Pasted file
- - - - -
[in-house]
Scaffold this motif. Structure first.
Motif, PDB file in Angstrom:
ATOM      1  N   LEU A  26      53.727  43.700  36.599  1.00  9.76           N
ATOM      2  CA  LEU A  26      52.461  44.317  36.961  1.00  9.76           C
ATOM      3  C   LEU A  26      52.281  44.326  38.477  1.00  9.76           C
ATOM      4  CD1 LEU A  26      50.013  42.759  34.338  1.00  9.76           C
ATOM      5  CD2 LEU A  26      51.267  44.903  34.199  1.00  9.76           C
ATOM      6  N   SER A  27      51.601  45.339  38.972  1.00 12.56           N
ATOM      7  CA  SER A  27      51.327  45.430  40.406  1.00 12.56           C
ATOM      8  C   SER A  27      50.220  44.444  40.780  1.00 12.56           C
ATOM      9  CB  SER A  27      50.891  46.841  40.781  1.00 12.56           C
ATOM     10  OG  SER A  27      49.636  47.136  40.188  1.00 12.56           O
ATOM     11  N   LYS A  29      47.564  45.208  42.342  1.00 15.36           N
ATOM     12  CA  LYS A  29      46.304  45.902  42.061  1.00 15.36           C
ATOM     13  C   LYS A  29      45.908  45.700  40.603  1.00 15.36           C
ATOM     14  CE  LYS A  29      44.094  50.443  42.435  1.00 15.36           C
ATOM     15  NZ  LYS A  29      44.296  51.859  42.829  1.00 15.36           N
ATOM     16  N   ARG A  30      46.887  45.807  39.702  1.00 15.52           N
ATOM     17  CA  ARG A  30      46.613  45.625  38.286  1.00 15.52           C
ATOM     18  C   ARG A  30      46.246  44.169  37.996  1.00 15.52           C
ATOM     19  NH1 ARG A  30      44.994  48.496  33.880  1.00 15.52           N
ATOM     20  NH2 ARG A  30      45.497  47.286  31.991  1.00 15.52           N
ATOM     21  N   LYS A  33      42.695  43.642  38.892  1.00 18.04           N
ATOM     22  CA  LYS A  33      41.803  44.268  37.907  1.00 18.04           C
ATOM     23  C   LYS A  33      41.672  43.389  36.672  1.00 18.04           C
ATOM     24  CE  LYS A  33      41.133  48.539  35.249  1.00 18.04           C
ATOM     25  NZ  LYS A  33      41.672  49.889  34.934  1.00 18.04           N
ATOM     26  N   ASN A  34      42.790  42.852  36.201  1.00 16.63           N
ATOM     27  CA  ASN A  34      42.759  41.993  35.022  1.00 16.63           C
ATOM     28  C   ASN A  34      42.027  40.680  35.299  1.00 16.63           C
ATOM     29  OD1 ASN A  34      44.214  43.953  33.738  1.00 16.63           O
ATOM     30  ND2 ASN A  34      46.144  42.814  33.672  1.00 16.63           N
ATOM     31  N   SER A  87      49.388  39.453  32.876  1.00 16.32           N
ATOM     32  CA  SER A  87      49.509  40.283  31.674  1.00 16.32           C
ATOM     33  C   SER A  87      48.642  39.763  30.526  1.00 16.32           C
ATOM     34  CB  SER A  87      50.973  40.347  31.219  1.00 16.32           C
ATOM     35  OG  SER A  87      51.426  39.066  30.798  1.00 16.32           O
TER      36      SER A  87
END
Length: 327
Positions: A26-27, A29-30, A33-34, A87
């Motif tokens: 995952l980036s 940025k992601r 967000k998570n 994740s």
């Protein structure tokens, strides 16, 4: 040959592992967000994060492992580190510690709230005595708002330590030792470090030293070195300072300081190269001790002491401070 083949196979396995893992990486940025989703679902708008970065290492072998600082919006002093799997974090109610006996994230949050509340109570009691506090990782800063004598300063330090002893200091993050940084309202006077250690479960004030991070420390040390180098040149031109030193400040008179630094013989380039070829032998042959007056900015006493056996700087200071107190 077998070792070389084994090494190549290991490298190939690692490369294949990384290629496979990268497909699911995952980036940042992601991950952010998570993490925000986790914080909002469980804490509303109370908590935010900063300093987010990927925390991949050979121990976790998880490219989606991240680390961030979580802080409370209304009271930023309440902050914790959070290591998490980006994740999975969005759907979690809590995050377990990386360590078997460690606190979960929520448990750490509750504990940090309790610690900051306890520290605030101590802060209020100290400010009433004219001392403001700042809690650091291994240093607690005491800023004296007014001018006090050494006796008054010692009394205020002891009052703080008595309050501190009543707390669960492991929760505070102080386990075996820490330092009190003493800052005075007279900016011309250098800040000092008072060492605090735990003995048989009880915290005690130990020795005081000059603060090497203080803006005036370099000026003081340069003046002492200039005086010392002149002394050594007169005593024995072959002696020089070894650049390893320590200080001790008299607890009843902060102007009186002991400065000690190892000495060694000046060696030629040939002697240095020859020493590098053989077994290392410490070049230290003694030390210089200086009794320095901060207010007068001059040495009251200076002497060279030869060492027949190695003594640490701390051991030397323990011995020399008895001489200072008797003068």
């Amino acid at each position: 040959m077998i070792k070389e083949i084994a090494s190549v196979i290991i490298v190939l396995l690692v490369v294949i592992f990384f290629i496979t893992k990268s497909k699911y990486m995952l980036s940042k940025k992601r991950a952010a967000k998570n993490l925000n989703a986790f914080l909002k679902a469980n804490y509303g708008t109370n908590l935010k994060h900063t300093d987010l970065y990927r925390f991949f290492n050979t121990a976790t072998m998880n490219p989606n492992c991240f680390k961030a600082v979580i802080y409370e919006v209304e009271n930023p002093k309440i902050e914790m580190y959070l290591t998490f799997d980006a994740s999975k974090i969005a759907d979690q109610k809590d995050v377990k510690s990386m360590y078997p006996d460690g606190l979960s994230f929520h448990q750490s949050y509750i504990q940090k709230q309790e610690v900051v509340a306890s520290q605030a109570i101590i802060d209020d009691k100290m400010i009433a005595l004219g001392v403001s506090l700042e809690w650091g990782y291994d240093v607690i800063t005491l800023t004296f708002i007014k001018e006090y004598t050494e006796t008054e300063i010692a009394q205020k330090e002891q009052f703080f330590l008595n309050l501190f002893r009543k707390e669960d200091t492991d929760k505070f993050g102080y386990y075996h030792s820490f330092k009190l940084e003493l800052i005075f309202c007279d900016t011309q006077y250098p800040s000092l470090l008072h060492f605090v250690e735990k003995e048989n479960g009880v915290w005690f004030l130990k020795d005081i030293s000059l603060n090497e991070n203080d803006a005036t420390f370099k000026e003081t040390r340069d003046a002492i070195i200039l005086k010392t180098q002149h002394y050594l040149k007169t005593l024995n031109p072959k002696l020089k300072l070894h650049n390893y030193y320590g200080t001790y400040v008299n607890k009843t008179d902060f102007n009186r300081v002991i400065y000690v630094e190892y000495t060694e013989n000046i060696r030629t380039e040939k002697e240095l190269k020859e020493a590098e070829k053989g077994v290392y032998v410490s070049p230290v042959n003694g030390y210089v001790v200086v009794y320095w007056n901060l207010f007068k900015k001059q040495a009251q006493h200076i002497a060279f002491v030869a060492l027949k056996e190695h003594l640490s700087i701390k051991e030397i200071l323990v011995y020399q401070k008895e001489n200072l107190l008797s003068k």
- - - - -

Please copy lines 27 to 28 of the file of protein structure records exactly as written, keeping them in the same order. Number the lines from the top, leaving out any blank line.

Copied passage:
ATOM     24  CE  LYS A  33      41.133  48.539  35.249  1.00 18.04           C
ATOM     25  NZ  LYS A  33      41.672  49.889  34.934  1.00 18.04           N